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Goodbye Comet Elenin!

goodbye-comet-elenin

Comet Elenin, or to be precise, its debris, made its closest pass by Earth on Oct. 16, 2011 without causing any earthquakes, tsunamis, or high tides and it didn’t collide with Earth, either. Strangely, but here was no brown dwarf or Mothership hidden in the Elenin’s coma. Others had sounded even more dire alarms, suggesting that Comet Elenin was not a comet at all but a rogue planet called Nibiru whose Earth encounter could usher in the apocalypse. And in case you didn’t notice, Elenin did not cause three days of darkness around September 26, 2011.

“I don’t know why fearmongers chose my comet,” the comet’s discoverer Leonid Elenin told “I received many letters from scared people. But if they believe in conspiracy theories I can’t help them.”

Conspiracy and doomsday theorists chose this small little comet  to be the harbinger of doom. There are enough bad things going on here on planet Earth that conspiracy theorists shouldn’t fabricate doomsday predictions just to needlessly scare people for fun and profit.

What happen? How come we're still alive?

Comet Elenin was discovered in December 2010 by Russian amateur astronomer Leonid Elenin. The comet's core likely measured 2 to 3 miles (3 to 5 km) across before it broke up, scientists say. The apocalyptic rumor mill generated by Elenin's arrival on the skywatching scene was completely unwarranted. The comet was far too small to influence Earth gravitationally, and it never posed a danger of hitting our planet. About 2 percent of newly discovered comets disintegrate when making their closest approach to the sun. So Elenin's demise was fairly unremarkable, just like the comet itself.

The comet was predicted to come 34 million km (21 million miles) away at its closest approach. Just in case you can’t figure that out, one object can’t hit another at that distance. Plus, the gravity exerted by a small object won’t affect Earth either. To put this in perspective, this distance is only a little closer than the closest approach of Venus to Earth, and roughly 100 times the distance from the Earth to the Moon. Nothing happens to Earth when Venus is at closest approach, and Venus is 12,000 kilometers in diameter, while Elenin was 3-5 kilometers across. When the comet was intact it had less than a billionth of the tidal force of the Moon.

Comet Elenin disintegrated. Sometimes, long period comets that originate from the outer parts of our solar system begin to dissipate as they get closer to the Sun. But Elenin was hit by solar flares from the Sun on August 19 and began disintegrating. When it reached its closest point to the Sun on September 10, it basically was toast. Just recently the location of where the comet should be has become visible in the night sky, out of the Sun’s glare. Several images from different amateur astronomers show absolutely nothing. The comet has completely disintegrated and fallen apart.

Astronomer Nick Howes and his colleagues using the 2 meter Faulkes telescope took 30 minutes worth of exposures and saw nothing of Comet Elenin in the sky. What is left of the comet won’t cause problems, either. The average density of a comet’s coma is about the same as the density of the atmosphere on the Moon, and any rocks or debris that might be left over from the comet are small enough that they would burn up in Earth’s atmosphere if Earth does go through the wake of the coma or debris from the comet. And remember, several times a year Earth goes through the debris from comets and all that happens is we get beautiful meteor showers to enjoy.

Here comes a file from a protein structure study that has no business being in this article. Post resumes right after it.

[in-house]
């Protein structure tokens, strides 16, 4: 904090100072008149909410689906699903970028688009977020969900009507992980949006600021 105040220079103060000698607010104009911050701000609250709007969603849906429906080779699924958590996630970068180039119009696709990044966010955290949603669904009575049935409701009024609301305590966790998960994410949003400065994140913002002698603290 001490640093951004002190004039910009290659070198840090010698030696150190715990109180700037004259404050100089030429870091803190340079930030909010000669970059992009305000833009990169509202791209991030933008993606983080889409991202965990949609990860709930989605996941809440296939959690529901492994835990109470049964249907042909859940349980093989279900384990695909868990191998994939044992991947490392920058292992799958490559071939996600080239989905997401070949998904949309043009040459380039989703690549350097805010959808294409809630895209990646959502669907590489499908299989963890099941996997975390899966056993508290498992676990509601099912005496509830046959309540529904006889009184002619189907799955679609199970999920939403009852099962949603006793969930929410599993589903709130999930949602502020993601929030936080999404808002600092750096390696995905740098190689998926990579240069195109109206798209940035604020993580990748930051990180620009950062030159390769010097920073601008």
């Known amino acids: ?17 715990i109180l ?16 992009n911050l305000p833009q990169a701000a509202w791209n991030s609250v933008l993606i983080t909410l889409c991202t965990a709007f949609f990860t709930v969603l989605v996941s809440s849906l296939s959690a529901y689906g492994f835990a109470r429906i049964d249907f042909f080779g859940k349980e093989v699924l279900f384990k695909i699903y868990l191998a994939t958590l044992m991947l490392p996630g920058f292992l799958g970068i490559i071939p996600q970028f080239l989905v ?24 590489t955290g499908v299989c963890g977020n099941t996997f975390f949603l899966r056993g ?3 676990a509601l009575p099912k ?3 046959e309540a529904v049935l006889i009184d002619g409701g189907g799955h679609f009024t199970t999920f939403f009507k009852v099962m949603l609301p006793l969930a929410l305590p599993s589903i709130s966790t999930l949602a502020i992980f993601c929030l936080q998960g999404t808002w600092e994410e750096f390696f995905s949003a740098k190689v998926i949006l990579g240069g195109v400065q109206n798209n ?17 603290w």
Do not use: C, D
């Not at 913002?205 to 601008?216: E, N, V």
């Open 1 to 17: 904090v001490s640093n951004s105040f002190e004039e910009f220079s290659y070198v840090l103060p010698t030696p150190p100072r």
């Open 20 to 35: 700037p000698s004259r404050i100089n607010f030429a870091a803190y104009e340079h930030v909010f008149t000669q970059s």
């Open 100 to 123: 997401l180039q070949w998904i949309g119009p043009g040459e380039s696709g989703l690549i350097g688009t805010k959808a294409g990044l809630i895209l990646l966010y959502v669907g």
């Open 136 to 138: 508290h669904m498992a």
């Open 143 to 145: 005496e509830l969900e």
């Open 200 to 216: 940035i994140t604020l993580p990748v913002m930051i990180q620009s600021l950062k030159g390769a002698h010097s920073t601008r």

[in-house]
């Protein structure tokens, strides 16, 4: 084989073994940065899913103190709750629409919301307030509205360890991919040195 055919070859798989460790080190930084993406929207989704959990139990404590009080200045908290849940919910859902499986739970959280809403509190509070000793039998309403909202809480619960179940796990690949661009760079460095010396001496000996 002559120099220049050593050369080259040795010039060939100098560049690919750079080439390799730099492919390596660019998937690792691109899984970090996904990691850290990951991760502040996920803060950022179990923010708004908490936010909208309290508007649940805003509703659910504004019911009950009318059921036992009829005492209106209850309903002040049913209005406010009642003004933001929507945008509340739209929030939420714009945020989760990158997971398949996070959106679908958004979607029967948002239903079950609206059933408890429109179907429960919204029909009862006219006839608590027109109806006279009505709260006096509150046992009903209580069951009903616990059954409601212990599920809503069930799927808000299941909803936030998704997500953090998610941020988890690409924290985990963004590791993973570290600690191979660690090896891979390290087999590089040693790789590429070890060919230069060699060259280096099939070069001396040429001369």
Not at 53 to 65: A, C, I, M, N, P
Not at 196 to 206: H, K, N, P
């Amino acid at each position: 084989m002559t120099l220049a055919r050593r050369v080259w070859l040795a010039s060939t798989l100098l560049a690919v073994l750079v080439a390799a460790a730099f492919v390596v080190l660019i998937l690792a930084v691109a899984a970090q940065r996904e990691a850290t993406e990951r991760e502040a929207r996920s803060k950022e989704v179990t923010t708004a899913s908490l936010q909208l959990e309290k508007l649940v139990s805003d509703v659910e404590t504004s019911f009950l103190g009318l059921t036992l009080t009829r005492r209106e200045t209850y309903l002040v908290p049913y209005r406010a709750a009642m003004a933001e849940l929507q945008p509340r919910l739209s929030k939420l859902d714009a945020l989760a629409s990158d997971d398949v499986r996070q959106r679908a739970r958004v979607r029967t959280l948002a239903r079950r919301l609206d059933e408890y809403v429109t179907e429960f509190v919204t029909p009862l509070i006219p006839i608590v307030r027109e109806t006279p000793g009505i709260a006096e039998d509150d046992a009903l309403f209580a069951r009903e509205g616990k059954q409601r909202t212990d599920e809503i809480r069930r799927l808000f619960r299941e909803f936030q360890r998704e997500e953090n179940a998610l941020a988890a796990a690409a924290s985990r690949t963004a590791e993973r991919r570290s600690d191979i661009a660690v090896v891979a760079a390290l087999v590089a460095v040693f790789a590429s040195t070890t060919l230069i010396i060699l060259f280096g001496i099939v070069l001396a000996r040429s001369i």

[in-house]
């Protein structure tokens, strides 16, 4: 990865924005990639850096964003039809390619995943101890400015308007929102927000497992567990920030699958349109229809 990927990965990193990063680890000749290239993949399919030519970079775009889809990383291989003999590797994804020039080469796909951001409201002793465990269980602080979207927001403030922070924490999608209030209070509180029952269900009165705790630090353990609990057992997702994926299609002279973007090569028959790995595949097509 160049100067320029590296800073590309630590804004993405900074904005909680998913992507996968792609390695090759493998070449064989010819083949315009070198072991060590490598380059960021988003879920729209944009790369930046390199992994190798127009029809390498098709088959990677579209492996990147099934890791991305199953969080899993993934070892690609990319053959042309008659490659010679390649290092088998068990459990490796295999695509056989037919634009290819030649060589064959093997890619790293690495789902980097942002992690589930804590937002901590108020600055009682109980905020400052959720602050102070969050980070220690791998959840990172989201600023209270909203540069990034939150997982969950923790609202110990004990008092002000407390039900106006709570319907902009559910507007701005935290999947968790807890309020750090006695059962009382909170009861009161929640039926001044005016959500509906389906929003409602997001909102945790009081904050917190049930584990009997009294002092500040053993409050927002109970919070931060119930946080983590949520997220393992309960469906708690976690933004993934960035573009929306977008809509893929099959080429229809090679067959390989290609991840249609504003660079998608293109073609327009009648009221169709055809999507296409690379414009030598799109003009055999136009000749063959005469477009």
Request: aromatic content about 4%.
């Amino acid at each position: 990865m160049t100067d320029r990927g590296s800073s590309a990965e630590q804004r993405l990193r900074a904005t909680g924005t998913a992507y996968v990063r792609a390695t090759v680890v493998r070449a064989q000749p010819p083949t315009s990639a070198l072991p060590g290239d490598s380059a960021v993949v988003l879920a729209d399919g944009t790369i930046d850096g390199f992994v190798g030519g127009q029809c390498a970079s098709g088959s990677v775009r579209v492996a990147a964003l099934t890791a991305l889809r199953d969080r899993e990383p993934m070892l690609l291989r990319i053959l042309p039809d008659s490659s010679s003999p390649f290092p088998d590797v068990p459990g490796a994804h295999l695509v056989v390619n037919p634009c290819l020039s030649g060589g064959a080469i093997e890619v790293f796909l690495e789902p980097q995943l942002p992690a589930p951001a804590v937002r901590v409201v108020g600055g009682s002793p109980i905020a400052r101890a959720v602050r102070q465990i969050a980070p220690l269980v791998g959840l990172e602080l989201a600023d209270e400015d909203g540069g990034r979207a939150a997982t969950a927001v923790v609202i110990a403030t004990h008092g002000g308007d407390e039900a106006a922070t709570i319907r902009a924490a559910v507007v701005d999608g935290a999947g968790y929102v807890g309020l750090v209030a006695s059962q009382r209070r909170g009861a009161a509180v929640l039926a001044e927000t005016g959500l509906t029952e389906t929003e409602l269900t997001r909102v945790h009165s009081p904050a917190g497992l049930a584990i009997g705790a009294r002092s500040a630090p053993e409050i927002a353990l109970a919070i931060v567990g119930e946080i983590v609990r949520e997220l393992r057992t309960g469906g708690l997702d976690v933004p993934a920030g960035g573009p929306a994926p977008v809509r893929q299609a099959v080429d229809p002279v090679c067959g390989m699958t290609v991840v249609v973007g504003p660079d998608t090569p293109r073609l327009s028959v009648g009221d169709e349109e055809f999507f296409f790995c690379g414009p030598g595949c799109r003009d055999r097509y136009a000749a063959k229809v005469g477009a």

Next meeting with Comet Elenin (or with its debris) will be for another 12,000 years.But don't worry, there's always another doom tomorrow!

Just a day after bidding farewell to Elenin's crumbs, Earth welcomed another fast-moving visitor to its neighborhood. The small asteroid 2009 TM8 zipped by our planet on Monday morning (Oct. 17), coming much closer than Elenin. The schoolbus-size space rock passed with 212,000 miles (341,000 km) of Earth — just inside the orbit of the moon. Like Elenin, 2009 TM8 never posed a danger of striking us, astronomers said.

Though the propecies about Elenin failed to come true, the apocalyptically minded may not want to leave their bunkers just yet. After all, pseudo-Christian-radio broadcaster Harold Camping says the world will end  on Oct. 21, which is this Friday. Using clues he prised from the Bible, Camping originally pegged the Rapture for May 21, 2011, but revised his prediction when that date came and went without apparent incident.

Where’s My Doomsday? Remnants of Comet Elenin Pass by Earth Without Incident (UniverseToday)

And the Ghost of Elenin Flys Past (Astroblog)

'Doomsday' Comet Elenin Zips by Earth in Pieces (Space.com)

Comet Elenin dissintegrated (SpaceObs)

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8 Comments

  1. I strongly doubt it was the “Blue Kachina” that is mentioned in the Hopi prophecy. No one could see it without a good telescope. If the harbringer does come, it should be very bright and be seen by everyone.
    I do think Nibiru exists, but it is still far away. Its time is not yet…perhaps in few or so years. There is a lot of things that still need to happen before the end of this age.

  2. Yes so it appears it’s done, finished, kaput. But with all of the natural disasters going on throughout the world today and animals literally falling from the sky, protests, banks and political regimes failing, one has to wonder if the Mayan Calendars end date of October 28th 2011 has any validity. Ten days left boys and girls, buckle your seatbelts. 😉

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